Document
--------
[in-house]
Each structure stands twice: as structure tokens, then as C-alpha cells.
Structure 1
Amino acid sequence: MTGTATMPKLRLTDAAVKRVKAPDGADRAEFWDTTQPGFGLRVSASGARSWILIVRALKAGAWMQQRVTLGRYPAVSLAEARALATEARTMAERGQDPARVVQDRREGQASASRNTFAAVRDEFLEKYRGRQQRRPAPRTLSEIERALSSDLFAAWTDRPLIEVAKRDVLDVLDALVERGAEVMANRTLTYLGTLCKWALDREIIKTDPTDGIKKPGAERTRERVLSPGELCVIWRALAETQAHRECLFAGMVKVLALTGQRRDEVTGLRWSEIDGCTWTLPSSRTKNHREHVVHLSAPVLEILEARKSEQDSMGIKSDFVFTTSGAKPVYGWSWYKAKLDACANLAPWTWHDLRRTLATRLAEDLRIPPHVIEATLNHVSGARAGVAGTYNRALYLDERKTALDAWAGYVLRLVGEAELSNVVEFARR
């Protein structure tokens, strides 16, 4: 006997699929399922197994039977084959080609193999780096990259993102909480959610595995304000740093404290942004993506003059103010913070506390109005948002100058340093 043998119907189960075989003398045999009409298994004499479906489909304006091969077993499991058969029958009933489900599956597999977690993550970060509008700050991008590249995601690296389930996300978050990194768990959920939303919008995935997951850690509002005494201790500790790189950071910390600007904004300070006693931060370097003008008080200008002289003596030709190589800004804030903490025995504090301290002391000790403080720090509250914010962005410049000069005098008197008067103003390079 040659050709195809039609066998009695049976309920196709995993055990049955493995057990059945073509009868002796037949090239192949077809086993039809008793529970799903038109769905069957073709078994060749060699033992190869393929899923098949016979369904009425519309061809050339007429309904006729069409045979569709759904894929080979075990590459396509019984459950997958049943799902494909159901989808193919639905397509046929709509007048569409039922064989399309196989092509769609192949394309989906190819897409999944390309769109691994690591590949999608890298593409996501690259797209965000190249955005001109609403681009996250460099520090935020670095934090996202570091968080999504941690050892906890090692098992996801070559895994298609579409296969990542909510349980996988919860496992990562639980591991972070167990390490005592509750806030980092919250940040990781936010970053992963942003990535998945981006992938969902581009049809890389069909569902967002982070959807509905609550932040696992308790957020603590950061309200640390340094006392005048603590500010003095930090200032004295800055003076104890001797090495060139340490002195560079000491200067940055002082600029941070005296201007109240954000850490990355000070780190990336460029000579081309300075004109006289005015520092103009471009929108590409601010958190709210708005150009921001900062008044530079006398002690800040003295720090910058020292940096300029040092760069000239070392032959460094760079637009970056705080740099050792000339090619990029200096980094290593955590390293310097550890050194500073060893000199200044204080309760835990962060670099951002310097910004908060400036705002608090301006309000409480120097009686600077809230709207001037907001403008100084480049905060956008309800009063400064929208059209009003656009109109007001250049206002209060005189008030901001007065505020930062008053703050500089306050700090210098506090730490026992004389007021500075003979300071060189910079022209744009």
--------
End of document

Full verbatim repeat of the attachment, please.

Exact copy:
[in-house]
Each structure stands twice: as structure tokens, then as C-alpha cells.
Structure 1
Amino acid sequence: MTGTATMPKLRLTDAAVKRVKAPDGADRAEFWDTTQPGFGLRVSASGARSWILIVRALKAGAWMQQRVTLGRYPAVSLAEARALATEARTMAERGQDPARVVQDRREGQASASRNTFAAVRDEFLEKYRGRQQRRPAPRTLSEIERALSSDLFAAWTDRPLIEVAKRDVLDVLDALVERGAEVMANRTLTYLGTLCKWALDREIIKTDPTDGIKKPGAERTRERVLSPGELCVIWRALAETQAHRECLFAGMVKVLALTGQRRDEVTGLRWSEIDGCTWTLPSSRTKNHREHVVHLSAPVLEILEARKSEQDSMGIKSDFVFTTSGAKPVYGWSWYKAKLDACANLAPWTWHDLRRTLATRLAEDLRIPPHVIEATLNHVSGARAGVAGTYNRALYLDERKTALDAWAGYVLRLVGEAELSNVVEFARR
């Protein structure tokens, strides 16, 4: 006997699929399922197994039977084959080609193999780096990259993102909480959610595995304000740093404290942004993506003059103010913070506390109005948002100058340093 043998119907189960075989003398045999009409298994004499479906489909304006091969077993499991058969029958009933489900599956597999977690993550970060509008700050991008590249995601690296389930996300978050990194768990959920939303919008995935997951850690509002005494201790500790790189950071910390600007904004300070006693931060370097003008008080200008002289003596030709190589800004804030903490025995504090301290002391000790403080720090509250914010962005410049000069005098008197008067103003390079 040659050709195809039609066998009695049976309920196709995993055990049955493995057990059945073509009868002796037949090239192949077809086993039809008793529970799903038109769905069957073709078994060749060699033992190869393929899923098949016979369904009425519309061809050339007429309904006729069409045979569709759904894929080979075990590459396509019984459950997958049943799902494909159901989808193919639905397509046929709509007048569409039922064989399309196989092509769609192949394309989906190819897409999944390309769109691994690591590949999608890298593409996501690259797209965000190249955005001109609403681009996250460099520090935020670095934090996202570091968080999504941690050892906890090692098992996801070559895994298609579409296969990542909510349980996988919860496992990562639980591991972070167990390490005592509750806030980092919250940040990781936010970053992963942003990535998945981006992938969902581009049809890389069909569902967002982070959807509905609550932040696992308790957020603590950061309200640390340094006392005048603590500010003095930090200032004295800055003076104890001797090495060139340490002195560079000491200067940055002082600029941070005296201007109240954000850490990355000070780190990336460029000579081309300075004109006289005015520092103009471009929108590409601010958190709210708005150009921001900062008044530079006398002690800040003295720090910058020292940096300029040092760069000239070392032959460094760079637009970056705080740099050792000339090619990029200096980094290593955590390293310097550890050194500073060893000199200044204080309760835990962060670099951002310097910004908060400036705002608090301006309000409480120097009686600077809230709207001037907001403008100084480049905060956008309800009063400064929208059209009003656009109109007001250049206002209060005189008030901001007065505020930062008053703050500089306050700090210098506090730490026992004389007021500075003979300071060189910079022209744009």